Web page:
What the Cuban Brigade has done for SA’s COVID fight
Health Minister Dr Zweli Mkhize has highlighted the accomplishments of the Cuban medical brigade four months since they touched down in South Africa to assist in the fighting of COVID-19.
In a webinar on Friday, Mkhize said the team of about 200 medical experts have been deployed throughout the country.
“Even now, in our hour of need, we were able to call on our Cuban sisters and brothers and they answered to that call, leaving family, friends and relatives behind to join hands with us in solidarity against the Coronavirus,” he said.
Eastern Cape was allocated 12 medical officers including biomedical engineers, epidemiologists, and biostaticians.
The medical officers have been resourceful in Primary Health Care as this is their specialty, Mkhize said.
“Their data analytics and information management has been key in assessing the impact of intervention strategies. The biomedical engineers have been critical in the design, installation, adjusting, repairing and provision of technical support for biomedical equipment,” he said.
In Gauteng, members of the Cuban Medical Brigade were distributed throughout all five districts and some have been doing work with the central office.
They are mainly working in quarantine and isolation sights, ward-based contract tracing, epidemiological surveillance and in hospitals where there has been noticeable nosocomial spread.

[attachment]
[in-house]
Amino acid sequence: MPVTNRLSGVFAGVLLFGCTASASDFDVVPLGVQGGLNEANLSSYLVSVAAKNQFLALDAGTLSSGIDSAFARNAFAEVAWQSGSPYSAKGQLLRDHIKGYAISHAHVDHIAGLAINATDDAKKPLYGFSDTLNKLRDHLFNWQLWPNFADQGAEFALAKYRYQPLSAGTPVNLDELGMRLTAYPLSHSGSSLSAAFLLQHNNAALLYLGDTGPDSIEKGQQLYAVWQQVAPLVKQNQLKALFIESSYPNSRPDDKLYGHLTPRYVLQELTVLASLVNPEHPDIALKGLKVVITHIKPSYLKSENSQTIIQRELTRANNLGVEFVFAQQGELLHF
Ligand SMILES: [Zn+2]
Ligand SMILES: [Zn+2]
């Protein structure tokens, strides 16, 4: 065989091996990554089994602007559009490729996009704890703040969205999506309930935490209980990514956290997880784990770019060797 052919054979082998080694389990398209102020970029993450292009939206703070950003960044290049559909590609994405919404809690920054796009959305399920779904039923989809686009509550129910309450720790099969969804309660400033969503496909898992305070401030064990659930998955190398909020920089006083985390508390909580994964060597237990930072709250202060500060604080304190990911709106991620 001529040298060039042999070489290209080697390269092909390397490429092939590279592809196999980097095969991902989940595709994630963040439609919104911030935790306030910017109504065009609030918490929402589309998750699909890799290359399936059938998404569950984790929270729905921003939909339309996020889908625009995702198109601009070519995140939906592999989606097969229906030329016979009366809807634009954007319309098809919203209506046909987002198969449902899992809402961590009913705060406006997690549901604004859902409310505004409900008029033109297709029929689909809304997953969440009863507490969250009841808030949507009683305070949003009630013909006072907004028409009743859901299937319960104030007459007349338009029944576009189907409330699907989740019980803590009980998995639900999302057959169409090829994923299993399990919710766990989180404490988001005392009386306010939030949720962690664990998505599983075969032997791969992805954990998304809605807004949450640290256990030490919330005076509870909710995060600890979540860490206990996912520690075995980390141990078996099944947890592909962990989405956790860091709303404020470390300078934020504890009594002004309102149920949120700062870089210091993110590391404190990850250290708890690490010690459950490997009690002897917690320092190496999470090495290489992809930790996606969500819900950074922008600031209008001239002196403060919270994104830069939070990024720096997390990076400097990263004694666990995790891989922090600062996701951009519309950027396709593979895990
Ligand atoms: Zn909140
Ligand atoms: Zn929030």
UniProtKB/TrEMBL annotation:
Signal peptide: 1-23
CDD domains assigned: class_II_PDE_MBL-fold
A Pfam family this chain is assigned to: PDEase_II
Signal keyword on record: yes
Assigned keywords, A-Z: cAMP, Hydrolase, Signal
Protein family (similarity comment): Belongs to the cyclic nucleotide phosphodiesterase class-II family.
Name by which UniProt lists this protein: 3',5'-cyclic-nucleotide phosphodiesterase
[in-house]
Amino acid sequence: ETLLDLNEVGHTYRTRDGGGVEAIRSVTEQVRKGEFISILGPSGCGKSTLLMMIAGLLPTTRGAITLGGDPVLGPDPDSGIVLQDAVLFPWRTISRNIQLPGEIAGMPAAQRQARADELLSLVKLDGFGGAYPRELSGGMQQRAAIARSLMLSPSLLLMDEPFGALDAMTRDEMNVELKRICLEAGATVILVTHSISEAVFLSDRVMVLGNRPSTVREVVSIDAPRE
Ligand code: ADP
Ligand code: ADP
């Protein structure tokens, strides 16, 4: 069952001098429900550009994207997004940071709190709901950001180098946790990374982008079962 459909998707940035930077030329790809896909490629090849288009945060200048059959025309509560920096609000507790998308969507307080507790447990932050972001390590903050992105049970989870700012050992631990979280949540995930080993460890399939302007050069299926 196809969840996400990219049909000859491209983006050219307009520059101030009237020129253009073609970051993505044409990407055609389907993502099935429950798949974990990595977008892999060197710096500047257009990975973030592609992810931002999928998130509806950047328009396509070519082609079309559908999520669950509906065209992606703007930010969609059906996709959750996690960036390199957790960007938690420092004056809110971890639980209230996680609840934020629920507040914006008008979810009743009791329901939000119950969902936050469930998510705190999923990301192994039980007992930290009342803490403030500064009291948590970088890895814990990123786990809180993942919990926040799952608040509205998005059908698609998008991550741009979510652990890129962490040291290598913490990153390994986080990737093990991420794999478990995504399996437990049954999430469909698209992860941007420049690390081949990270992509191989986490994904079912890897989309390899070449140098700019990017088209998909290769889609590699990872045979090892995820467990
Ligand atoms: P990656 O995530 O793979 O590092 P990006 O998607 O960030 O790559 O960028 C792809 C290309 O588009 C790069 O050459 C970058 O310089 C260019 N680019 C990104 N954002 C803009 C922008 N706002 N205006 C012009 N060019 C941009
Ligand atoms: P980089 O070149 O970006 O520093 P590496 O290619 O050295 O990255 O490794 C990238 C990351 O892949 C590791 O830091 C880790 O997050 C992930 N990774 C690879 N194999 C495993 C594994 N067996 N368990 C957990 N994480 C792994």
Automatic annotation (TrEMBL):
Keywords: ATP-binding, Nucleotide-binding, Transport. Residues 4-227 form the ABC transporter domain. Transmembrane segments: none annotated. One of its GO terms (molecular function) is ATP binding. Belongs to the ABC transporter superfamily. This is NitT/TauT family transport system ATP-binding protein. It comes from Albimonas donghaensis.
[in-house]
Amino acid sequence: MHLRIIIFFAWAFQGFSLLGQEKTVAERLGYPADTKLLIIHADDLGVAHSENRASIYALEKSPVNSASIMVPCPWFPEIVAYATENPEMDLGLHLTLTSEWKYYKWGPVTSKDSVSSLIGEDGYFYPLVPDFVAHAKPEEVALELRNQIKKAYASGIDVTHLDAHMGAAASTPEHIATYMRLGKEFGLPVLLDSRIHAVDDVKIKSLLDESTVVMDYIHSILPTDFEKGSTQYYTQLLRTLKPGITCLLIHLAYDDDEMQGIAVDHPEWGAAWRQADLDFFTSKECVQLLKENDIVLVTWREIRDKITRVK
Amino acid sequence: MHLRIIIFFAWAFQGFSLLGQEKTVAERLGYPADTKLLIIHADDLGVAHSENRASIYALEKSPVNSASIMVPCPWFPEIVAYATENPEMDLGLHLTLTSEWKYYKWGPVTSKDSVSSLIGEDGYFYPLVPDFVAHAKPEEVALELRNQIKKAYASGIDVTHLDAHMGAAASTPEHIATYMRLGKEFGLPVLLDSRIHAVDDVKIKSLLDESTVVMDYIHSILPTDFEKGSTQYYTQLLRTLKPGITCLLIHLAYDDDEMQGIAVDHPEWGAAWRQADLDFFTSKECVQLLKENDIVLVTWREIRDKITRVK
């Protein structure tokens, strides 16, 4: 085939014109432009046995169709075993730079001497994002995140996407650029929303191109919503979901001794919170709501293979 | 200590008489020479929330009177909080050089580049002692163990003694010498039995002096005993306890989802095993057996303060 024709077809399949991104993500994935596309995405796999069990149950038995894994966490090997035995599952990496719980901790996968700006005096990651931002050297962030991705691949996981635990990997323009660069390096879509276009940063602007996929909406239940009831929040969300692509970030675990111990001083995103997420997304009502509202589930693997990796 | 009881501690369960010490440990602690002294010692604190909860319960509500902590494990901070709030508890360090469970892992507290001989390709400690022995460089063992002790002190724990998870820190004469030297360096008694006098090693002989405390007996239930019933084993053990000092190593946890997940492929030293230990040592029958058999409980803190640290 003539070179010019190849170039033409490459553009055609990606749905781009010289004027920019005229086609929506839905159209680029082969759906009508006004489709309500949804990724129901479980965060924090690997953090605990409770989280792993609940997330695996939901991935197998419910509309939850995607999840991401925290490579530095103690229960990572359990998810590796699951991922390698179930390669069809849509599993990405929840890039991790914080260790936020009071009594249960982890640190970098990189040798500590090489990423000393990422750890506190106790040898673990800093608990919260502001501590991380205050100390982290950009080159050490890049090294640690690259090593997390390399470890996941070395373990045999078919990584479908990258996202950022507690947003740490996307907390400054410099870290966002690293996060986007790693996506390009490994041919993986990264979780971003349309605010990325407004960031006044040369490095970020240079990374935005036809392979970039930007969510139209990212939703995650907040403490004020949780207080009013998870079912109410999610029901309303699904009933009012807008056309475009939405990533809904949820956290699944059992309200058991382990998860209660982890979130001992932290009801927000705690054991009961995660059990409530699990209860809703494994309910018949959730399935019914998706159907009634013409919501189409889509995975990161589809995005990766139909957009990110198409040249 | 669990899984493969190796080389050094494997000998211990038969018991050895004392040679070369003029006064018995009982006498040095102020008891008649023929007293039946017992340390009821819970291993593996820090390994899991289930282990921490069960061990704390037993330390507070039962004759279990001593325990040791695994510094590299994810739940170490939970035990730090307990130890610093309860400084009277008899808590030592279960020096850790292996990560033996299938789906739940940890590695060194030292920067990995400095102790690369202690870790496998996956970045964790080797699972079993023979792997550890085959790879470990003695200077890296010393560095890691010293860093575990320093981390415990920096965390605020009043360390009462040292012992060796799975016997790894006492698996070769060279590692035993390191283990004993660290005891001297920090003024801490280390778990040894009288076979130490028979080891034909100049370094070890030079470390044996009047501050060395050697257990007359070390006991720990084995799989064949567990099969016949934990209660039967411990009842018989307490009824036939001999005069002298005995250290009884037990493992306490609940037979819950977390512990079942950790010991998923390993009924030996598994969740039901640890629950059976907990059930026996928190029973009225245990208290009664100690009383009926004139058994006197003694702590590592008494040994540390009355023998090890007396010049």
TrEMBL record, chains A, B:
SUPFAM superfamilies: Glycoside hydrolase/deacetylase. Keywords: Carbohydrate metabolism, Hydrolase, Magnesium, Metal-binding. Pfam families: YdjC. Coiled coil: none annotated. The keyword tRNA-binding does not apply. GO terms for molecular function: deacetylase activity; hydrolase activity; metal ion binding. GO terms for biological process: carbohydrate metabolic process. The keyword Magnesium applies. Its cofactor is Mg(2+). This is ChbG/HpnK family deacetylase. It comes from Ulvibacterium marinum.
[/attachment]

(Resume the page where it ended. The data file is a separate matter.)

The Brigade is conducting outreach services in critical areas of need. They are serving as clinical leaders to the management teams and assist in the screening, testing and quarantining of patients.
“The Northern Cape department of Health has attested to the invaluable contribution of the Covid-19 personnel from the Brigade,” Mkhize said.
Eight medical officers have been deployed into various facilities in five districts to boost case management. The team in the province comprises clinical engineering technologists, hygienists and biostaticians.
“The deployments were based on areas where it was identified there was a shortage of human resources. Their presence has reduced workload and pressure on staff members, provided much needed relief, improved processing of data and contributed to improved data reporting that feeds into the daily situational report on COVID-19 in the province,” the minister said.
“The heath technologists have greatly assisted with the assessment of non-functional equipment.”
The 28-strong team deployed to the Western Cape consisted of health professionals with experience in planning, execution and management of the public health.
They were fully integrated into the clinical teams working alongside the South African health professionals in order to strengthen the province’s response to COVID-19.
17 members of the Brigade were deployed to the province, their allocation addressed issues of staff shortage and this also led to an improvement in data collation.
“South Africa and Cuba are undoubtedly two leading nations in medical expertise – especially in the fields of emergency outbreak reposes. This is a natural and fitting collaboration that captures the spirit of global solidarity,” Mkhize concluded.
“We have no doubt that this investment will leave a lasting legacy in our growing democracy and will help to pave the way towards the ideals that we share of delivering quality health care to all people, regardless of race, colour or creed.”